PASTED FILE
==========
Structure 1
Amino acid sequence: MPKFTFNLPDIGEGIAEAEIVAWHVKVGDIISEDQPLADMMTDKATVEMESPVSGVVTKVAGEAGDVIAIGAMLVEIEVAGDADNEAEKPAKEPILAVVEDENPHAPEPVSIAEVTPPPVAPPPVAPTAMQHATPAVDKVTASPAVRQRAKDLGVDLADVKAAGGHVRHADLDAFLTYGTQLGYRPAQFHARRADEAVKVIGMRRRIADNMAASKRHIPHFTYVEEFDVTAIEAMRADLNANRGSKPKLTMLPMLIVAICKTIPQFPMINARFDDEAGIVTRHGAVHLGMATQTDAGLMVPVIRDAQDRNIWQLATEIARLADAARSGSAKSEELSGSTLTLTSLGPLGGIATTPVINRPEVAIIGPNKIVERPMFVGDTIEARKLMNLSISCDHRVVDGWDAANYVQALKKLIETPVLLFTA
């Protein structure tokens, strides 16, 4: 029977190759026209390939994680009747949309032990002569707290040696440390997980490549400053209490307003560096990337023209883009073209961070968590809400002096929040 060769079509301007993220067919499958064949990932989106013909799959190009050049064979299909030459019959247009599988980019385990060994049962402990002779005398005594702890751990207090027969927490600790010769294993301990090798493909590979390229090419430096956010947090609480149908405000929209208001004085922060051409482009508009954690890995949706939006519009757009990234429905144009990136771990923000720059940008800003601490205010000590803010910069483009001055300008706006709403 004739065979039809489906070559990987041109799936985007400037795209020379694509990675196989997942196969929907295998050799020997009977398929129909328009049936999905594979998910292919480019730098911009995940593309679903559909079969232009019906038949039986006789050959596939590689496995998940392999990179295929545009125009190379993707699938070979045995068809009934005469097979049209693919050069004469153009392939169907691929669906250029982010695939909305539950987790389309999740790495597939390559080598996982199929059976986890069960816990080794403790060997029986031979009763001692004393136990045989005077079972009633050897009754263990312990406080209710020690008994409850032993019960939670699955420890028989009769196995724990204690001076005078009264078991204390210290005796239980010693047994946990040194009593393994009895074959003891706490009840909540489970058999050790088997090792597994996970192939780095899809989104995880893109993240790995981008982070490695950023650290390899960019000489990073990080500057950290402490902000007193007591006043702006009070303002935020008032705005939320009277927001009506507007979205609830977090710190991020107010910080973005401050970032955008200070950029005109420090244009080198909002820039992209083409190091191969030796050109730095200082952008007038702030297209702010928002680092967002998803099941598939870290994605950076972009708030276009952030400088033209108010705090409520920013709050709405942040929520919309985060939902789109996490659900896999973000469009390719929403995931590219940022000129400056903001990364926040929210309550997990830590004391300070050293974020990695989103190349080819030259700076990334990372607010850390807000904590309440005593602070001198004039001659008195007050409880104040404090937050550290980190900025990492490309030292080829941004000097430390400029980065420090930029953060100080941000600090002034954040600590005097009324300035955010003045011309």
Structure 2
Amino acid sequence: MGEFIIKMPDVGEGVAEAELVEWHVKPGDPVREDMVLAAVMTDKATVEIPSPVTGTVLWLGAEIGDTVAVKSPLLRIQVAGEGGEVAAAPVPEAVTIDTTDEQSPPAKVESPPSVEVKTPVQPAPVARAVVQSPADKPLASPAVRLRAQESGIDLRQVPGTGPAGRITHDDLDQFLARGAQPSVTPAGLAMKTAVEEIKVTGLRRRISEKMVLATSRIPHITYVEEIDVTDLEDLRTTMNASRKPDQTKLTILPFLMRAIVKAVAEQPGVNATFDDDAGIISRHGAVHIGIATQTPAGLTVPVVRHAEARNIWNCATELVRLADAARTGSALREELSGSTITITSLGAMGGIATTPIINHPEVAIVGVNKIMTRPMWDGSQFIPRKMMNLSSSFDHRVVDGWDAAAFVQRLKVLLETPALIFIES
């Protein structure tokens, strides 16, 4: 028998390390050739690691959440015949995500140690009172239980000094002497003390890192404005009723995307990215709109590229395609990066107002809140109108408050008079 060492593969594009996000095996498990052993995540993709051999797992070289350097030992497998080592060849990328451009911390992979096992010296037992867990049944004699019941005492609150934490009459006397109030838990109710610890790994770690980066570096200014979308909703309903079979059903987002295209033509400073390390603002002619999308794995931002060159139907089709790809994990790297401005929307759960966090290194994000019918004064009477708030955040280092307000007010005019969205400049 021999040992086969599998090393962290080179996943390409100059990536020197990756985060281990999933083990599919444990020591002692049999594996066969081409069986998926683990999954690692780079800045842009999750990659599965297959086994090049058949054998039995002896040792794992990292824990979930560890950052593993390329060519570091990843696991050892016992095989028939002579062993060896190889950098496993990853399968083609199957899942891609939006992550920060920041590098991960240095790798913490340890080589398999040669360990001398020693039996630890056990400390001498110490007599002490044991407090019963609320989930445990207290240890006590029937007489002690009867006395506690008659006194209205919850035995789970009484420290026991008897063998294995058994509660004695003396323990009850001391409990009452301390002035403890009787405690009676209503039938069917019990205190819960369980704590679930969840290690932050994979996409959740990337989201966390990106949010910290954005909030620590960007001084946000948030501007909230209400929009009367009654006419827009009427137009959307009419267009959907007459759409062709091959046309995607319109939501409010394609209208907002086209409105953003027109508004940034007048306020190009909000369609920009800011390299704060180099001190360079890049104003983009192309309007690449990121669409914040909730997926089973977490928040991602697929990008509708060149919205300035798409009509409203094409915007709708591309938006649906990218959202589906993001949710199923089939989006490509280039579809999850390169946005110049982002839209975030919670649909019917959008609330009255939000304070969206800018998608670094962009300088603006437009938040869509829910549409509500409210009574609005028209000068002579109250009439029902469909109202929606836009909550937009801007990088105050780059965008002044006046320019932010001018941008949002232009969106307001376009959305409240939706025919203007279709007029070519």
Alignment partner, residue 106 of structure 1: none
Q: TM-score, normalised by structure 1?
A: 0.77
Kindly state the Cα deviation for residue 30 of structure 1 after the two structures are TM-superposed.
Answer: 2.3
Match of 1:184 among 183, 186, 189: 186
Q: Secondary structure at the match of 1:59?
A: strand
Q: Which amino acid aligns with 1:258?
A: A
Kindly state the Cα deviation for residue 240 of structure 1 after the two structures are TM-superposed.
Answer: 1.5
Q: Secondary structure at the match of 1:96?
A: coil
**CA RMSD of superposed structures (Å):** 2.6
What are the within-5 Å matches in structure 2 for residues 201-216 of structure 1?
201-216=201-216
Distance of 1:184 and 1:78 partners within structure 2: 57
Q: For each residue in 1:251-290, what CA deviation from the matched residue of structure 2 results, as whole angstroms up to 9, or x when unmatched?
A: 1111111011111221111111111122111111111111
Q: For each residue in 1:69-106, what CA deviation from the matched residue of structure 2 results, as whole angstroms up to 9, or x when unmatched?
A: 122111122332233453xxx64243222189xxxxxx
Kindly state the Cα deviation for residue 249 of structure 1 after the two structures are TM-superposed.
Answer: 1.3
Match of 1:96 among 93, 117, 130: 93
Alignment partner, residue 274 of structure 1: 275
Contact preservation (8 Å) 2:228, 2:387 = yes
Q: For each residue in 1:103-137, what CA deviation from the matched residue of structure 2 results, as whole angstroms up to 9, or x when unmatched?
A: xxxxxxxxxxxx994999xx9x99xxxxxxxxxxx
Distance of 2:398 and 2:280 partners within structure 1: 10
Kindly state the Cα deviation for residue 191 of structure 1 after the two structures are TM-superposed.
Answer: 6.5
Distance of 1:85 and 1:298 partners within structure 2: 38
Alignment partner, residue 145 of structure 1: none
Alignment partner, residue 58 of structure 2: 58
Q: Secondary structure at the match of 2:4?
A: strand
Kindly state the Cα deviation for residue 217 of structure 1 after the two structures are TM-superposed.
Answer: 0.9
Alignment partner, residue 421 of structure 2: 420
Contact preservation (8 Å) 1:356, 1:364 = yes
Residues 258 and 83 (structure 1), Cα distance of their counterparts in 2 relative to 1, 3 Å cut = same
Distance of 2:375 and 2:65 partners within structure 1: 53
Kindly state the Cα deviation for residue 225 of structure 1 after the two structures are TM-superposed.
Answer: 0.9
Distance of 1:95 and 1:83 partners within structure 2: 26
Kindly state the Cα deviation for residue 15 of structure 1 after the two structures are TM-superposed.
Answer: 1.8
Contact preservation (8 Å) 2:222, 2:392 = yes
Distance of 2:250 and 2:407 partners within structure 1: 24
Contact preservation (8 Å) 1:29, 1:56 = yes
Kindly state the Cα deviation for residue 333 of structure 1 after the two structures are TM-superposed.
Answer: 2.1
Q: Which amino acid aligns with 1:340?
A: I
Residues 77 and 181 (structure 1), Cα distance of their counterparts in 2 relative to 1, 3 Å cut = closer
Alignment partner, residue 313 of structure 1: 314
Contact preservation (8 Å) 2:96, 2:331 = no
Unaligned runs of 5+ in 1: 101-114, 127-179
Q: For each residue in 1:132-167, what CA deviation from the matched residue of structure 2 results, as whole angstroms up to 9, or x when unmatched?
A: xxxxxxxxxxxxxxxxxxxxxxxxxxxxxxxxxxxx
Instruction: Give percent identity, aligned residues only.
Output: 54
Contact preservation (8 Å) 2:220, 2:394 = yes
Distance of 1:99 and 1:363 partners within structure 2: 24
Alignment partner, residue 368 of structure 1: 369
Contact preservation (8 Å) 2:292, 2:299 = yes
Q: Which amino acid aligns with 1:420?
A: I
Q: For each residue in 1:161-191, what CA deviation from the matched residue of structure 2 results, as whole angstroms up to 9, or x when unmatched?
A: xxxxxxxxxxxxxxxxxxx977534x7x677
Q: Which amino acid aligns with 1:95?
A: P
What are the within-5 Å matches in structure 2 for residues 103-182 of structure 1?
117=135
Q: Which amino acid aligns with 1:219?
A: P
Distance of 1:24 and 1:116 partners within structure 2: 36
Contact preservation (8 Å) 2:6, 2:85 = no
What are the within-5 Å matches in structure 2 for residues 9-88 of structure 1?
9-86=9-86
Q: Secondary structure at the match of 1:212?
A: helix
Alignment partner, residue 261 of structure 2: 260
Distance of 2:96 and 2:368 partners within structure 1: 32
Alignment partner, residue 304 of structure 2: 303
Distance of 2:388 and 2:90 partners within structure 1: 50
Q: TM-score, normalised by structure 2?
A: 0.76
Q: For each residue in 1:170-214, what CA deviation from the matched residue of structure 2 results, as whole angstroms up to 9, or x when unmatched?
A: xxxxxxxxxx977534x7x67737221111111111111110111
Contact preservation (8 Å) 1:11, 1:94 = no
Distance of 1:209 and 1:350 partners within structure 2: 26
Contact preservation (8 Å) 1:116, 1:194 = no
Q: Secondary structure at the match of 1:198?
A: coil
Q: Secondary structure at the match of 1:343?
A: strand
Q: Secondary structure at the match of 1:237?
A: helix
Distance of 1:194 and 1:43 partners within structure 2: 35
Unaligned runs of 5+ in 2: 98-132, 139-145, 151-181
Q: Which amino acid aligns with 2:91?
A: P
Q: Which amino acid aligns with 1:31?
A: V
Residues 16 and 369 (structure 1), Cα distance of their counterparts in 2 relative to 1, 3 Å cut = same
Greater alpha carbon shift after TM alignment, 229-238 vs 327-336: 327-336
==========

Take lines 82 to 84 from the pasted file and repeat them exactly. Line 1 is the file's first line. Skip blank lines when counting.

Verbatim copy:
Q: Which amino acid aligns with 1:219?
A: P
Distance of 1:24 and 1:116 partners within structure 2: 36